In light of the exponential growth that the Arab world has witnessed over the last few years – the startup ecosystem grew from $10 million USD in 2010 to $72 million USD in 2012 – many would-be entrepreneurs have more opportunities than ever to start their own projects. The success of regional entrepreneurs sparks a sense of competition, and motivates others to think seriously about their own projects.
Less-than-ideal circumstances also drive potential entrepreneurs to develop their own concepts, either to achieve their long-term goals, or to escape their narrow prospects to achieve independence.
When entrepreneurs take the decision to launch their own startup, most usually go through several important phases, the first and most important of which is coming up with a feasible idea. Some entrepreneurs have ideas running through their heads for years before actually implementing them, while others might find themselves searching for an idea when an opportunity presents itself. Both groups, however, must be able to recognize not only opportunities for new ideas, but also the best ways to implement them.
How to recognize an opportunity
What distinguishes an ordinary idea from an extraordinary one is the possibility of transforming it into a salable product or service. Consequently, not all ideas are opportunities. B. Barringer and R. Ireland write in their book, Entrepreneurship, that most startup ideas emerge in one of the two following ways:
- Internal Reasons: When the entrepreneur
decides to establish a company, he starts looking in the market for
opportunities and needs that he can meet by offering a certain
product or service.
- External Reasons: When the entrepreneur notes a gap or a need in the market, he establishes a company that offers solutions and products for people with this need.
An opportunity should have several specific qualities, such as the right timing, the right product, or an added value that the service offers to consumers to encourage them to purchase it.
The three key approaches to identify the best investment opportunities are:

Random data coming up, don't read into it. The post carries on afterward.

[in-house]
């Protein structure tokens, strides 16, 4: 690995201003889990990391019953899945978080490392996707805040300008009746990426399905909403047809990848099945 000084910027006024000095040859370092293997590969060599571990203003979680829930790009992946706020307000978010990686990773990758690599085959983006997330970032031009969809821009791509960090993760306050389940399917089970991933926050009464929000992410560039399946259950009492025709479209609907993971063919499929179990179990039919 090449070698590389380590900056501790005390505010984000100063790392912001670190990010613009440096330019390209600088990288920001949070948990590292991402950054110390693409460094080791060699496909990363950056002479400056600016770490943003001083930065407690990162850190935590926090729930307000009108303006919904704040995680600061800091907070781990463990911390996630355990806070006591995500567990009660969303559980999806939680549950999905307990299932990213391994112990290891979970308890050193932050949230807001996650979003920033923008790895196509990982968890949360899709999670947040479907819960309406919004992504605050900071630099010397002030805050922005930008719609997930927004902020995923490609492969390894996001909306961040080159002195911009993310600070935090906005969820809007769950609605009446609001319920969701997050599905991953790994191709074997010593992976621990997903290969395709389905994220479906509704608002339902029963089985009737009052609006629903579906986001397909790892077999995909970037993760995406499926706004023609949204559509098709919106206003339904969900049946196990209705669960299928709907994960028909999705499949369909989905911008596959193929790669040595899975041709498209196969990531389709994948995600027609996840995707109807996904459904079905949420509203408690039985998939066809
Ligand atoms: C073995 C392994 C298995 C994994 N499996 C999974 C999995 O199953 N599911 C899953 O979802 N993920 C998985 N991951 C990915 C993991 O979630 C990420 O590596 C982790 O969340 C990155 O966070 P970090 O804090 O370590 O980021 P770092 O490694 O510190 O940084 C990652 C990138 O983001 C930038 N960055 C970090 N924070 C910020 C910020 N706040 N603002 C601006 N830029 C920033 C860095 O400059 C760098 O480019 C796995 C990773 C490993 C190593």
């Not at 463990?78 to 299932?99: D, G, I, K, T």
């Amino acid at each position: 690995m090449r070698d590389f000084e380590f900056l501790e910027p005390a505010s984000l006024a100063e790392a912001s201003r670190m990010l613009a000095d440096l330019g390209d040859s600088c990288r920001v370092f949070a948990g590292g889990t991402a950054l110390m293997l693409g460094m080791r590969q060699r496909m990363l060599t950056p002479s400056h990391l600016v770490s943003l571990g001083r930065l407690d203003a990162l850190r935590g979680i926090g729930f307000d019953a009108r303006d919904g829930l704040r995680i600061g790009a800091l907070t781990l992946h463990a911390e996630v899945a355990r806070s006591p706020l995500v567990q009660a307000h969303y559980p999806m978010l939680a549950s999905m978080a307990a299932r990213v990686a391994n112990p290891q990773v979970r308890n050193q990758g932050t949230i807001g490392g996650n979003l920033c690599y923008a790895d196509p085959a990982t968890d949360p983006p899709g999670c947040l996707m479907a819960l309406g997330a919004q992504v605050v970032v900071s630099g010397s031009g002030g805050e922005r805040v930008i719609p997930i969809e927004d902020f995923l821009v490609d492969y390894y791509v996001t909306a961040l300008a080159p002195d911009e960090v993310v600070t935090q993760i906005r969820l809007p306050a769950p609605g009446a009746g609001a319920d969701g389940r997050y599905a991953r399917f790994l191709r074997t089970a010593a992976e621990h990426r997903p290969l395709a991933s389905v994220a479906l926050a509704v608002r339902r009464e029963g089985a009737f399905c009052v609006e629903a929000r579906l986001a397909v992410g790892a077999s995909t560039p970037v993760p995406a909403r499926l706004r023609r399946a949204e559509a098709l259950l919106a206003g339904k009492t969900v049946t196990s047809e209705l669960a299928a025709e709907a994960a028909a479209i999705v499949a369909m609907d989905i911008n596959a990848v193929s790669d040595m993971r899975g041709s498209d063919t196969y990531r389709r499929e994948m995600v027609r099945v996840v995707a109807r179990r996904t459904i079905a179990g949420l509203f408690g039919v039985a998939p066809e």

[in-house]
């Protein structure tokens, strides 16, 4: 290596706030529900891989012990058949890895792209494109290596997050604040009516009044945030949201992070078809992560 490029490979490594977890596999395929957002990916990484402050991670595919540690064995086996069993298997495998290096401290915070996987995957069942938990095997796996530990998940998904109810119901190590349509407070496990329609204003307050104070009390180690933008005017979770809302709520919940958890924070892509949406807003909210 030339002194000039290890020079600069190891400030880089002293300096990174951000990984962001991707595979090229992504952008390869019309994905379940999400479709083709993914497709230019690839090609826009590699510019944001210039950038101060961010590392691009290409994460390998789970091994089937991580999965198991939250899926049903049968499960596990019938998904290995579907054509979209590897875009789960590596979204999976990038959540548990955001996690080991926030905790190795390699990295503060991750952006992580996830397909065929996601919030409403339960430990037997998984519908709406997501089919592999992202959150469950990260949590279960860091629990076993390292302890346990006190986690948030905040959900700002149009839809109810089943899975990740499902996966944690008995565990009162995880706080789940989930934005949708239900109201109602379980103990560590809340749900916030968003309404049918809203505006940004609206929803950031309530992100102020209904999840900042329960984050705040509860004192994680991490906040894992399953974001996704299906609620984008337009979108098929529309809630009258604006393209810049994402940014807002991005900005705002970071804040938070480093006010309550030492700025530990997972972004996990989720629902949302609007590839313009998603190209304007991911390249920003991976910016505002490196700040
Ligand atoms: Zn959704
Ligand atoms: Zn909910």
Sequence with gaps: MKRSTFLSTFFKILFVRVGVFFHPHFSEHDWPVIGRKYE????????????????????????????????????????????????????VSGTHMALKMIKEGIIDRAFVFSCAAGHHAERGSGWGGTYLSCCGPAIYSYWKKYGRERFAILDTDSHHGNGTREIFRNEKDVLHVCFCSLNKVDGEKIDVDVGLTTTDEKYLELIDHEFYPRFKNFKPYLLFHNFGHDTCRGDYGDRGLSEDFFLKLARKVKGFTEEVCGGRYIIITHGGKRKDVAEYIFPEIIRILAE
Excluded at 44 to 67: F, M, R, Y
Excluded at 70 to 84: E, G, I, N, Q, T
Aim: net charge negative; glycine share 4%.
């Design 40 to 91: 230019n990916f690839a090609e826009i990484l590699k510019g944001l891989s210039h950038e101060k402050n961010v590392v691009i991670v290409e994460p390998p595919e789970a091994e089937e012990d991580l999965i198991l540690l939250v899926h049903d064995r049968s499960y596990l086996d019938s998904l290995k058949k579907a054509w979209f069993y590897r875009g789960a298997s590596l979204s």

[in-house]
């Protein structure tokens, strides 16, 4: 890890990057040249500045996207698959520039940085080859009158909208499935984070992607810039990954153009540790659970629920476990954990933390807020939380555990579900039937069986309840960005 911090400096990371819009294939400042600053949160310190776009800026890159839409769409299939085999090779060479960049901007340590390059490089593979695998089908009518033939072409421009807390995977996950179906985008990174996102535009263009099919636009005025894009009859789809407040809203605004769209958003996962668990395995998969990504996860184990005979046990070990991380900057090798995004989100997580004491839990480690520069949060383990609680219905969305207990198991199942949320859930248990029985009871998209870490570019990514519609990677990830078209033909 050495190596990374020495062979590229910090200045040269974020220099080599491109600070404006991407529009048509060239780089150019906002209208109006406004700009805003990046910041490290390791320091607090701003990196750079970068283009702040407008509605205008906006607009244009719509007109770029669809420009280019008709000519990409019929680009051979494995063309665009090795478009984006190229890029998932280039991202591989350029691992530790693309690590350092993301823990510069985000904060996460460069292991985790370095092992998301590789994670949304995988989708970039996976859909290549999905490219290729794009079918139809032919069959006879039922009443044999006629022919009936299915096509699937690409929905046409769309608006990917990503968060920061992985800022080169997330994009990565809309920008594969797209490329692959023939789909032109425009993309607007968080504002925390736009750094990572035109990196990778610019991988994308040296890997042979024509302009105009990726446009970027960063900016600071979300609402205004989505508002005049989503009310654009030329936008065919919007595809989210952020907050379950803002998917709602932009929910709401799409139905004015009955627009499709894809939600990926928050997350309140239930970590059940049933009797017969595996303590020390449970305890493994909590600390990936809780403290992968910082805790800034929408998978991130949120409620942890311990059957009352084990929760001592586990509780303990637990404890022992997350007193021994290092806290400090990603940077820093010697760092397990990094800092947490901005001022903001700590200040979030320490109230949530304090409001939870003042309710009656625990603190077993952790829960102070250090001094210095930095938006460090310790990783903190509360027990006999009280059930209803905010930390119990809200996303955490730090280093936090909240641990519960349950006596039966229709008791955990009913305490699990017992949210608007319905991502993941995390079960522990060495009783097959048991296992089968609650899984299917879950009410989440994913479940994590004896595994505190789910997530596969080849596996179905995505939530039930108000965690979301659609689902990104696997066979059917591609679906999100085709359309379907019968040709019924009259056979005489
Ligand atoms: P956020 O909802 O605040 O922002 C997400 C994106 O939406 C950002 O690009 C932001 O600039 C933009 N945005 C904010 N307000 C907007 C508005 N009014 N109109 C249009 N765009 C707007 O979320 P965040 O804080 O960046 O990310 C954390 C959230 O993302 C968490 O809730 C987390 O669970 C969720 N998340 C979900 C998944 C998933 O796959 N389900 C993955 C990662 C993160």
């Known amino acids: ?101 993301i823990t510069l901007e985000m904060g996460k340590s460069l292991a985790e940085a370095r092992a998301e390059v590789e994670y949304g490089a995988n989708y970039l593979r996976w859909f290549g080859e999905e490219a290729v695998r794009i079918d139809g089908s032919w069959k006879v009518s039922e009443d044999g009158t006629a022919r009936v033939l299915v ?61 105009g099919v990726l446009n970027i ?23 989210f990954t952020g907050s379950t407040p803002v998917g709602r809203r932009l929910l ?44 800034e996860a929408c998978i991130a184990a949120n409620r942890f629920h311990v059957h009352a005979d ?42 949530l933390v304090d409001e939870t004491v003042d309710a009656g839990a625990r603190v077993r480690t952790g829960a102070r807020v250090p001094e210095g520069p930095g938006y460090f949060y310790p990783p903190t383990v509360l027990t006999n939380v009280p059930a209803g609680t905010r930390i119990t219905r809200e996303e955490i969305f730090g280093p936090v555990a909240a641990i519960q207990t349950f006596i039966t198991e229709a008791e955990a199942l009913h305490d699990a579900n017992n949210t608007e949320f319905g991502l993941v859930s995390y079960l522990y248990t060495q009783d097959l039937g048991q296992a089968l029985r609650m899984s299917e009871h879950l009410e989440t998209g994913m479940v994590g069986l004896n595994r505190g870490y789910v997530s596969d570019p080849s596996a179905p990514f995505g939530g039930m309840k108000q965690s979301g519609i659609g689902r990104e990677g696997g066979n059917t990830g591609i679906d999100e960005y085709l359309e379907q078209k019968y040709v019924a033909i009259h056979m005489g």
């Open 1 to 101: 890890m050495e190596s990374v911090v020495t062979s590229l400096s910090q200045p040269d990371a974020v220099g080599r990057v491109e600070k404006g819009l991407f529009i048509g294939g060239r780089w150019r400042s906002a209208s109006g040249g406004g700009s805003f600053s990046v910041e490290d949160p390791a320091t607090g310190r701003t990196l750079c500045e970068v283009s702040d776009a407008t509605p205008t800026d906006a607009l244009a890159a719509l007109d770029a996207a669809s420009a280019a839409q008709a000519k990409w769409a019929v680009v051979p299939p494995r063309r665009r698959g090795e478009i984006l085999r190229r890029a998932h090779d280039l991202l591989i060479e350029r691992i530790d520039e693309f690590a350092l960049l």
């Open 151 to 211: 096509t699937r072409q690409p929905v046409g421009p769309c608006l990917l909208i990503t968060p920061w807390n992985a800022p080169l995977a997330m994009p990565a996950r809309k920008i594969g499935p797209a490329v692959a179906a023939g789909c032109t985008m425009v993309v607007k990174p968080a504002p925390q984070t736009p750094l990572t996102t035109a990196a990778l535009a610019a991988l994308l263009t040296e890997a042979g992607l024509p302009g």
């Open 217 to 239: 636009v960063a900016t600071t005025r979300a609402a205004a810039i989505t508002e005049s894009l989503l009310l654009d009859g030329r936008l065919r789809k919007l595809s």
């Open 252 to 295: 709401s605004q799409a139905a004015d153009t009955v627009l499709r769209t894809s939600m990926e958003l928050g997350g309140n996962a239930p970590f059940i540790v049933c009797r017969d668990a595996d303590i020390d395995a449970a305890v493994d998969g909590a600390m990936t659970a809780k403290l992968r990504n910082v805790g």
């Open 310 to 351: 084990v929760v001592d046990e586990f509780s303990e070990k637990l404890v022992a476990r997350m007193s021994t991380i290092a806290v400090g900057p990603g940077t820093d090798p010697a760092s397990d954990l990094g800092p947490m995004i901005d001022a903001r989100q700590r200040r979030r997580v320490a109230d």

1. Observing Trends
Study how customers interact with products. For instance, the latest PayPal report points to the fact that mobile transactions in the Arab world are set to increase from 10% to 20% by 2015. Such information shows that there is both a desire and a trend in our markets for mobile shopping, and an entrepreneur might find in this case an opportunity to build a mobile application for purchases from major local stores.
Observing such trends can be done through statistical reports published free of charge based on research done by specialized companies and institutions. Some reports may not be free; these usually contain more valuable and detailed information.
2. Solving a Problem
Recognize problems and develop innovative ways to solve them. Anti-virus software companies are entirely built on this approach. The Wasselni app, for to take a regional example, is a startup project in the Arab world that ameliorates an issue faced by almost everyone: traffic.
3. Gaps in the Marketplace:
Look for very specific segments of customers that other companies do not serve because they prefer to target broader groups. Do you remember how Maktoob offered an Arabic language e-mail interface back in 1998? At that time, big e-mail service providers such as Yahoo! and Hotmail were not paying any attention to the Arab markets. Maktoob successfully took advantage of the opportunity to build one of the biggest web companies in the Arab world.
These approaches might be helpful for entrepreneurs still in the planning phase, but they can also be useful for entrepreneurs with existing projects looking for opportunities to develop and expand their businesses.